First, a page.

The Houston Astros, in addition to their bullpen needs, could be dramatically helped by improving the back end of their rotation. Dallas Keuchel and Collin McHugh both emerged as potential building blocks, while Scott Feldman proved to be worth the contract he was signed to prior to the 2014 season. Yet, the back of the rotation still appears to be a work in progress.
Even if Jarred Cosart wins a spot in the rotation during Spring Training, the duo of Brett Oberholtzer and Brad Peacock are not exactly a duo that would inspire confidence. Mark Appel is still likely a year away, at least, to being able to contribute. The Astros may well need another option for the back of the rotation.
One possible candidate may be Chad Billingsley. The oft injured starter, who has missed the vast majority of the past two seasons with injuries, may be a perfect buy low candidate for the Astros. For a team with budgetary concerns such as the Astros, Billingsley could be a perfect low risk, high reward signing.
Prior to being injured, Billingsley had begun to put together the start of a solid career. In his first six full seasons in the majors, Billingsley had posted a 73-57 record with a 3.65 ERA and a 1.335 WHiP, striking out 972 batters in 1073.1 innings. While it seemed unlikely that Billingsley would ever develop into a top of the rotation starter, he seemed well on his way to becoming a solid middle of the rotation pitcher, able to take his turn every fifth day while giving his team a quality start most times out.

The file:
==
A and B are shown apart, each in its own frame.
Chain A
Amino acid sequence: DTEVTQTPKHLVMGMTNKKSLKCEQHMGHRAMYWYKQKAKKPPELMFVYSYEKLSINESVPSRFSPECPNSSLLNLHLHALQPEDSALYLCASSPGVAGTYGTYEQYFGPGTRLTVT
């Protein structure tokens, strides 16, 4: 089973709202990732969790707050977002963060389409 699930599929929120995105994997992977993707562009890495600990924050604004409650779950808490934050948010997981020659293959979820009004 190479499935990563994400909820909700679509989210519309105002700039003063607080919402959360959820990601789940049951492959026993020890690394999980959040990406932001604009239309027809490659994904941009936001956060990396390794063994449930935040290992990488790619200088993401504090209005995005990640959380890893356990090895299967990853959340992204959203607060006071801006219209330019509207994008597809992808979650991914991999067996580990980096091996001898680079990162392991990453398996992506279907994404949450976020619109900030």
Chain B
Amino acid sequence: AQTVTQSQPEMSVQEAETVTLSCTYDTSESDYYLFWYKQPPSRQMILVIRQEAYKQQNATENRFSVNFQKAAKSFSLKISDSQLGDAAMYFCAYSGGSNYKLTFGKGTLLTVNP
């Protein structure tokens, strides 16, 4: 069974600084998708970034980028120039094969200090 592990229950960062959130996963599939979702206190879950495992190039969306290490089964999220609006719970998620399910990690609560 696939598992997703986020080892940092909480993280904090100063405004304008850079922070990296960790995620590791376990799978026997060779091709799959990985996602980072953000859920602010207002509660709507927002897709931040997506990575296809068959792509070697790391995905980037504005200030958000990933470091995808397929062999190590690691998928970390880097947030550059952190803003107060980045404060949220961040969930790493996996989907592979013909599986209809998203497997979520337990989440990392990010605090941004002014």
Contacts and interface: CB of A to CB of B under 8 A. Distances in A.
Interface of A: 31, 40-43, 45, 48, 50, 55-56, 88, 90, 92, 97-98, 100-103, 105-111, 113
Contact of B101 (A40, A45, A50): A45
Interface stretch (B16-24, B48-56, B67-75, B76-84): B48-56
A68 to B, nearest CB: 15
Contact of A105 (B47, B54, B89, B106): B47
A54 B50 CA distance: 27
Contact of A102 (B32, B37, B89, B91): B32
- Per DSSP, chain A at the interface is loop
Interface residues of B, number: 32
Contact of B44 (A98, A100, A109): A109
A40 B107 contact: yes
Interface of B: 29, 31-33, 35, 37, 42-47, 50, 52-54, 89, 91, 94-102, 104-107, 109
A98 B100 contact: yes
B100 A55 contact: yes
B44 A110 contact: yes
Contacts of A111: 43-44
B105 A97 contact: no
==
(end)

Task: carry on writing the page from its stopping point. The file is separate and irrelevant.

Now, having pitched a grand total of twelve innings since the 2012 season concluded, Chad Billingsley is certainly an injury risk. He had Tommy John surgery in 2013, and during his attempt to come back last season, suffered a partial tear in his flexor tendon in June. Yet, for a pitcher who may be able to be signed on a minor league contract with an invitation to Spring Training, Billingsley is the type of lottery ticket that is worth taking a look at.
Chad Billingsley could well find his time as a viable major league pitcher is over. However, for a potential low risk, high reward type of player, he would certainly be worth a look for the Astros.